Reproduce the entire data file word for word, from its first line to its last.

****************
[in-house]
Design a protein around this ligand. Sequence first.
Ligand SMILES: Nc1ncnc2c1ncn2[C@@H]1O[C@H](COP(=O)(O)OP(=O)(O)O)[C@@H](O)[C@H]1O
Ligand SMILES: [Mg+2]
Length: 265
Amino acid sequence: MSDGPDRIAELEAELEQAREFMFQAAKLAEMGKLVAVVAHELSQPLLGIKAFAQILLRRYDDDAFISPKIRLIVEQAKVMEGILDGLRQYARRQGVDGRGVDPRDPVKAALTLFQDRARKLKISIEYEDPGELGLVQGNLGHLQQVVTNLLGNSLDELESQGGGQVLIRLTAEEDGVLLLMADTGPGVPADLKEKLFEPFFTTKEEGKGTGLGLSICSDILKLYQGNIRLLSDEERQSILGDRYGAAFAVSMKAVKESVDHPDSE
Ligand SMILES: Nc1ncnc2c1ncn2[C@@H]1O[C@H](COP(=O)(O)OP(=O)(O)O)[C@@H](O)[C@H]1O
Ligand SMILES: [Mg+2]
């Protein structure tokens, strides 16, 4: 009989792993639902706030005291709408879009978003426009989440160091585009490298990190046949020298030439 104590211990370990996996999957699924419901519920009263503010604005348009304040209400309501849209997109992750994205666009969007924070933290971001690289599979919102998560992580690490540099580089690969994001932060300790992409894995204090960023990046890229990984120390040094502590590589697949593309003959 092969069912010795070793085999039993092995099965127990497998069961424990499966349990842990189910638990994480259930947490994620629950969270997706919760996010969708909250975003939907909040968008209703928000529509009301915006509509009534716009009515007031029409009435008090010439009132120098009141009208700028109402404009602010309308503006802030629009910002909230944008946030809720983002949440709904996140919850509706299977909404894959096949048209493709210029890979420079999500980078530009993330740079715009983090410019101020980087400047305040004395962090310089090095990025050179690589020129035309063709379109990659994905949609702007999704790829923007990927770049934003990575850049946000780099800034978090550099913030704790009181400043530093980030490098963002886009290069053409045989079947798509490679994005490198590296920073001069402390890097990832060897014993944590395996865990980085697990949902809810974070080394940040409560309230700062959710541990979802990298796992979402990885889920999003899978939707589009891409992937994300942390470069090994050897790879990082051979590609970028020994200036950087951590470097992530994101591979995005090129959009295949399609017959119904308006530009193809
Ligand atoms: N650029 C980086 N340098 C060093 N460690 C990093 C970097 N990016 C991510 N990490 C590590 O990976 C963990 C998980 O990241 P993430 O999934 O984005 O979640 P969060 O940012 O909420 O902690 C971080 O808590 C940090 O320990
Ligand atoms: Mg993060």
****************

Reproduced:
[in-house]
Design a protein around this ligand. Sequence first.
Ligand SMILES: Nc1ncnc2c1ncn2[C@@H]1O[C@H](COP(=O)(O)OP(=O)(O)O)[C@@H](O)[C@H]1O
Ligand SMILES: [Mg+2]
Length: 265
Amino acid sequence: MSDGPDRIAELEAELEQAREFMFQAAKLAEMGKLVAVVAHELSQPLLGIKAFAQILLRRYDDDAFISPKIRLIVEQAKVMEGILDGLRQYARRQGVDGRGVDPRDPVKAALTLFQDRARKLKISIEYEDPGELGLVQGNLGHLQQVVTNLLGNSLDELESQGGGQVLIRLTAEEDGVLLLMADTGPGVPADLKEKLFEPFFTTKEEGKGTGLGLSICSDILKLYQGNIRLLSDEERQSILGDRYGAAFAVSMKAVKESVDHPDSE
Ligand SMILES: Nc1ncnc2c1ncn2[C@@H]1O[C@H](COP(=O)(O)OP(=O)(O)O)[C@@H](O)[C@H]1O
Ligand SMILES: [Mg+2]
């Protein structure tokens, strides 16, 4: 009989792993639902706030005291709408879009978003426009989440160091585009490298990190046949020298030439 104590211990370990996996999957699924419901519920009263503010604005348009304040209400309501849209997109992750994205666009969007924070933290971001690289599979919102998560992580690490540099580089690969994001932060300790992409894995204090960023990046890229990984120390040094502590590589697949593309003959 092969069912010795070793085999039993092995099965127990497998069961424990499966349990842990189910638990994480259930947490994620629950969270997706919760996010969708909250975003939907909040968008209703928000529509009301915006509509009534716009009515007031029409009435008090010439009132120098009141009208700028109402404009602010309308503006802030629009910002909230944008946030809720983002949440709904996140919850509706299977909404894959096949048209493709210029890979420079999500980078530009993330740079715009983090410019101020980087400047305040004395962090310089090095990025050179690589020129035309063709379109990659994905949609702007999704790829923007990927770049934003990575850049946000780099800034978090550099913030704790009181400043530093980030490098963002886009290069053409045989079947798509490679994005490198590296920073001069402390890097990832060897014993944590395996865990980085697990949902809810974070080394940040409560309230700062959710541990979802990298796992979402990885889920999003899978939707589009891409992937994300942390470069090994050897790879990082051979590609970028020994200036950087951590470097992530994101591979995005090129959009295949399609017959119904308006530009193809
Ligand atoms: N650029 C980086 N340098 C060093 N460690 C990093 C970097 N990016 C991510 N990490 C590590 O990976 C963990 C998980 O990241 P993430 O999934 O984005 O979640 P969060 O940012 O909420 O902690 C971080 O808590 C940090 O320990
Ligand atoms: Mg993060």